Mortgage repayments as a proportion of income are at their lowest level for 14 years, according to new research from the Halifax.
The Halifax Affordability Review looks at mortgage affordability across almost 400 local authority districts, including London.
It found mortgage affordability is at its most favourable since the second quarter in 1999, with mortgage payments accounting for 27 per cent of a new borrower’s income in the second quarter of 2013, compared to an average of 36 per cent over the last 30 years.
However, mortgage brokers believe rates may have bottomed out and are advising homeowners to take out a cheap fixed rate mortgage while they are at historical low levels.
The cost of a mortgage has fallen dramatically since the height of the property market before the credit crunch and financial crisis led the Bank of England to reduce base rate to 0.50 per cent in March 2009. Recent government initiatives to help first-time buyers such as the Funding for Lending Scheme and the Help to Buy scheme have also helped boost the number of new homeowners.
Craig McKinlay, Mortgage Director, Halifax said: “Substantial mortgage rate reductions and lower house prices have led to a significant improvement in mortgage affordability since the peak of the housing market six years’ ago.”
In the third quarter of 2007, the cost of a mortgage took up 48 per cent of the average household’s income. The Halifax confirmed that lower house prices and reduced mortgage rates have been the “main drivers behind the significant improvement in affordability”.
These improvements have been across all local authority districts since 2007 with 82 per cent of districts enjoying an improvement of at least a quarter and mortgage repayments in Northern Ireland dropping by 75 per cent.
However, there are some regional discrepancies, including a north/south divide which means mortgage payments as a proportion of disposable earnings are at their lowest in Northern Ireland at 17 per cent, Scotland at 19 per cent, Yorkshire and the Humber at 22 per cent and the North West at 23 per cent.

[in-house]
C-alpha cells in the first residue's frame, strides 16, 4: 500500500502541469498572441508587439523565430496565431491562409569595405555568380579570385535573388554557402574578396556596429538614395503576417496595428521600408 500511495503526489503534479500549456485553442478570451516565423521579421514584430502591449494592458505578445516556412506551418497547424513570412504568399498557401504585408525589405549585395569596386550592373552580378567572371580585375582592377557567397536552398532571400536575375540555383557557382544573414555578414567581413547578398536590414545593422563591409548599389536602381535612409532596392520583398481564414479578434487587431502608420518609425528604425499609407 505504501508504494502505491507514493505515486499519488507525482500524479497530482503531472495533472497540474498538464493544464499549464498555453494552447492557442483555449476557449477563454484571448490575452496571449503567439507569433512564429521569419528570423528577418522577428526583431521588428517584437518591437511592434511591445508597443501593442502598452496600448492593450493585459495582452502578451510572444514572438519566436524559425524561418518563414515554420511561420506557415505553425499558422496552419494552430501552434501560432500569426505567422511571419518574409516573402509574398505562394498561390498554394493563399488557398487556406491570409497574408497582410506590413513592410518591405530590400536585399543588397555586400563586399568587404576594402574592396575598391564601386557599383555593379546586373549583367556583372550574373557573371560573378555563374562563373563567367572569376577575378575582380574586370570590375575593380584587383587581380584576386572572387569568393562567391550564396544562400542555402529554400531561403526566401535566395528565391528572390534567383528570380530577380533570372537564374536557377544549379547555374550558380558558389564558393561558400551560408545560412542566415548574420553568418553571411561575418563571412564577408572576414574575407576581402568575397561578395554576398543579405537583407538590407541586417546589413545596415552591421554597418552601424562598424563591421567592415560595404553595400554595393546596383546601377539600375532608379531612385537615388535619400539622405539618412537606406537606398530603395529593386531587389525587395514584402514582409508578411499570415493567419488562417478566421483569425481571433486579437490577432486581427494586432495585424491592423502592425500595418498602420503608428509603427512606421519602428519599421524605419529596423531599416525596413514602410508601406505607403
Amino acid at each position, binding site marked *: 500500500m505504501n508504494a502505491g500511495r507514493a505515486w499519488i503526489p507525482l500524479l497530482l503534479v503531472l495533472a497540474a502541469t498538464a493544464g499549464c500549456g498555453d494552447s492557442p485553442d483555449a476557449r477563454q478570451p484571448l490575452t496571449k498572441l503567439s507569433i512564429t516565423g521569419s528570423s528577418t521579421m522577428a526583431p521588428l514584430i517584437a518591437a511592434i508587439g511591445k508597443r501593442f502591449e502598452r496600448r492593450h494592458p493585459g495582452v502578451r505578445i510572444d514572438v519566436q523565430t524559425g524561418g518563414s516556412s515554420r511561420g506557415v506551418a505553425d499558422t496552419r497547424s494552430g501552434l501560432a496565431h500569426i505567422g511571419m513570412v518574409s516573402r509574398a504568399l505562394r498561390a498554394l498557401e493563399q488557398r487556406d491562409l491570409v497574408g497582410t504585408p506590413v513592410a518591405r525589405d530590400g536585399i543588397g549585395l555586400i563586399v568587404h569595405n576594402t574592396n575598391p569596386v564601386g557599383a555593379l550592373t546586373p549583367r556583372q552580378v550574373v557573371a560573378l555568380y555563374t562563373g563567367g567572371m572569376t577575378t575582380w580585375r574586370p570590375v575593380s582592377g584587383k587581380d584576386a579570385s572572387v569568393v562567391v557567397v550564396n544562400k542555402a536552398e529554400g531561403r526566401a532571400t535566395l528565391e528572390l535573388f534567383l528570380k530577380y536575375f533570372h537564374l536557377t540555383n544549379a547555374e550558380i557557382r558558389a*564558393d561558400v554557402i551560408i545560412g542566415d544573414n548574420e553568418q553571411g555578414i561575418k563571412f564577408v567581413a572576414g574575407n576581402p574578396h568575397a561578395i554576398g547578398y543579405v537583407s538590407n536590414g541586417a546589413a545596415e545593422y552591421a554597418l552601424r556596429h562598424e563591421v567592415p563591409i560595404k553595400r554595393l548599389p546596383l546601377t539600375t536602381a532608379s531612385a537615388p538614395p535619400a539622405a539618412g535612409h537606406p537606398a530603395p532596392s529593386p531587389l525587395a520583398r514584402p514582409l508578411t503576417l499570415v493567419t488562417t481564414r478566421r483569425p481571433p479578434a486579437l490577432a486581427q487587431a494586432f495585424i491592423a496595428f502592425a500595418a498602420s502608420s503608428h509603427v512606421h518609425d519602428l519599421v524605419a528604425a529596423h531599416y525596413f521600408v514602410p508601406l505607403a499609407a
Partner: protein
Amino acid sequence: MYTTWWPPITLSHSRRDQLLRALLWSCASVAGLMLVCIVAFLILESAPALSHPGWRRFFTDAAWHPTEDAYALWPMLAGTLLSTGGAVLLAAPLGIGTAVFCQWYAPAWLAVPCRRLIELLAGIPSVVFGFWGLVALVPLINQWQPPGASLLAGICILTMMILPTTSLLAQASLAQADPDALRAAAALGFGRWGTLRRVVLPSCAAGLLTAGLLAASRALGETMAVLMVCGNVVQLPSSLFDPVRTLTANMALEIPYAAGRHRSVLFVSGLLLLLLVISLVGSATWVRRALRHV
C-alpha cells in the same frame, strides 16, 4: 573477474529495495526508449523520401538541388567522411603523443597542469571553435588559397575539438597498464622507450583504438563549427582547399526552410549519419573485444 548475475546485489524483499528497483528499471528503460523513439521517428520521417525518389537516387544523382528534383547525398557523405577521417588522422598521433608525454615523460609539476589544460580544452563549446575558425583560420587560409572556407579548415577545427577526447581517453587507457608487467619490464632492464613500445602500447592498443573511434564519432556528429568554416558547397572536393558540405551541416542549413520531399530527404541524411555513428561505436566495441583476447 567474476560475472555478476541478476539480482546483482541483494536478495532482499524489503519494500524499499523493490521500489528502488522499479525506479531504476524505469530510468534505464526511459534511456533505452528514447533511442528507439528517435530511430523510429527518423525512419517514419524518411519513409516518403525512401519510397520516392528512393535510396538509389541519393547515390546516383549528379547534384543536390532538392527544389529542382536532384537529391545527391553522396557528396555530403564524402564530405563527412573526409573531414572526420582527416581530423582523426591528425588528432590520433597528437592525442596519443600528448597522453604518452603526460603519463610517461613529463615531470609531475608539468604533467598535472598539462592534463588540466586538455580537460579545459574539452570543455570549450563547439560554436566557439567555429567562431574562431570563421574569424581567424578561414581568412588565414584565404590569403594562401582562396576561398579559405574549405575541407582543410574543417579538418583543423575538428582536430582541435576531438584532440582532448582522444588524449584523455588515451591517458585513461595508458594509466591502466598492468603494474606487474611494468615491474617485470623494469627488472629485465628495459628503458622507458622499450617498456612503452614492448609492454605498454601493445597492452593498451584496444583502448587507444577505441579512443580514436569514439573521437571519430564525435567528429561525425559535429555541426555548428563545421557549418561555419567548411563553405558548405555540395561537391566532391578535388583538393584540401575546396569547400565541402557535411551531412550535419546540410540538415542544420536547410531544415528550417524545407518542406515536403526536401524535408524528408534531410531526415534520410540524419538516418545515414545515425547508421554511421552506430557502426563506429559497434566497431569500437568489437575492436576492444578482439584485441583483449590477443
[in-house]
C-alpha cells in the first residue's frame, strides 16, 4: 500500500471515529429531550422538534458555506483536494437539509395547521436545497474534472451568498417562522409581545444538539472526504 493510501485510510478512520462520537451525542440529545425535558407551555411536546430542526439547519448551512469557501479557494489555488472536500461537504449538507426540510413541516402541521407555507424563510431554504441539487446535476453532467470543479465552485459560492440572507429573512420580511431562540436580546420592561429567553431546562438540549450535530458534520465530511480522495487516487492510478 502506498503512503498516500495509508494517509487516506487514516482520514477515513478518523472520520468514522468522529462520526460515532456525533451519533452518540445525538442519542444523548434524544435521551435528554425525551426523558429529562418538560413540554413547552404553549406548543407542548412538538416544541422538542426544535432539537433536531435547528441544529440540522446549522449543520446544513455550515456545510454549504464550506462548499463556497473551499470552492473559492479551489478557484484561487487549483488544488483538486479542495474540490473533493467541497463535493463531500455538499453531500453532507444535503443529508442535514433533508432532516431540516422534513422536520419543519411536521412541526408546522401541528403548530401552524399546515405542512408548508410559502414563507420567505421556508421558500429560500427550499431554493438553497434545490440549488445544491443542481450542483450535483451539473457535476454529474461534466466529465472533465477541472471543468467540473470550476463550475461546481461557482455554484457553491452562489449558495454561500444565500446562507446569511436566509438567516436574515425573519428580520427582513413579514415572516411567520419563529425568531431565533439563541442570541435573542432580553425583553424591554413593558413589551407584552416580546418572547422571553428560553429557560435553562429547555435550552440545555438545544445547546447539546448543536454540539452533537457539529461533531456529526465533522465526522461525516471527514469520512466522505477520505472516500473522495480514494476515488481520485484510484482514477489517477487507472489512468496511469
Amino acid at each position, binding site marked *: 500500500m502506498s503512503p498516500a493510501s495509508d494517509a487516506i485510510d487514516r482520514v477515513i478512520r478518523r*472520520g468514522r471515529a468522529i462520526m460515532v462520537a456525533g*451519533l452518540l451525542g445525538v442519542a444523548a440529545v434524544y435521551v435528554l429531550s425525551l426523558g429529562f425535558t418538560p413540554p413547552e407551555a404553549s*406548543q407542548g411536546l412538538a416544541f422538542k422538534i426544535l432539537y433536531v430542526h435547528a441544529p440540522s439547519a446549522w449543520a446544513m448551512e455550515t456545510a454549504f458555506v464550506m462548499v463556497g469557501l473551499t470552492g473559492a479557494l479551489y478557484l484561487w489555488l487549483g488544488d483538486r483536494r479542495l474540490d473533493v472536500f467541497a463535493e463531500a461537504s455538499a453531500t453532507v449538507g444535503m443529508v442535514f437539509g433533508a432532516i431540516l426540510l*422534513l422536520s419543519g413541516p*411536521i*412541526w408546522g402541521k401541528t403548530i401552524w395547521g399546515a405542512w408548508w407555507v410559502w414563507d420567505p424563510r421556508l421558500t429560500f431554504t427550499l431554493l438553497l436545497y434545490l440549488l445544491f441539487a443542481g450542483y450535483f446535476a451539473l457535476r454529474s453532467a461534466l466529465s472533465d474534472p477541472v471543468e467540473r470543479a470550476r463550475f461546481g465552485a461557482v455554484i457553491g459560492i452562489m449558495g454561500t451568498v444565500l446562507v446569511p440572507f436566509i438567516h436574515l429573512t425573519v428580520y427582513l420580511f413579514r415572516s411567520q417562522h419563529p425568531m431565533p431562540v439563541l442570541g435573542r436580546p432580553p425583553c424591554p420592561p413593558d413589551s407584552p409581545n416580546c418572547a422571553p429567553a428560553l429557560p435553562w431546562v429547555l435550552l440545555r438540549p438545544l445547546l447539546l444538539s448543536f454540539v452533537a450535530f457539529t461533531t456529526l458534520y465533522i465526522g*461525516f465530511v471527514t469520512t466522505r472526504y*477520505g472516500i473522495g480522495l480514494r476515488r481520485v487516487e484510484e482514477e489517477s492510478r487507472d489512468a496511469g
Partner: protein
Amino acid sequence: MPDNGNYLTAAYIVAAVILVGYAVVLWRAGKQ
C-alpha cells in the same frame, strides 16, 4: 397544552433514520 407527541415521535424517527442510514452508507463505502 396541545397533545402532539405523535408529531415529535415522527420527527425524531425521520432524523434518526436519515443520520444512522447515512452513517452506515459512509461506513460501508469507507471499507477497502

Scotland has seven of the ten most affordable local authority districts.
London has the highest ratio at 36 per cent, followed by the South East at 34 per cent and the South West at 32 per cent.
The research found that there has been continued modest improvements in mortgage affordability over the past year, down from 28 per cent to 27 per cent of disposable income in the second quarter of 2013.
However, mortgage brokers believe the low cost of servicing a mortgage may be reaching its peak with rates unlikely to go any lower.
Analysts are reporting increases in borrowing costs on the wholesale markets that give credit to lenders and traders are unsure about the commitment made last week by the Bank of England that base rate will not go up until the unemployment rate falls to 7.0 per cent, which the Bank expects to happen in 2016.
Mortgage brokers are urging homeowners to lock in to low fixed-rate deals.
Ray Boulger of John Charcol said: “I can see no point in borrowers waiting for rates to fall further. Swap rates are rising and Mark Carney’s attempt to engineer low rates over the medium term has clearly failed. There is no indication mortgage rates are going to suddenly shoot up, but they certainly will rise.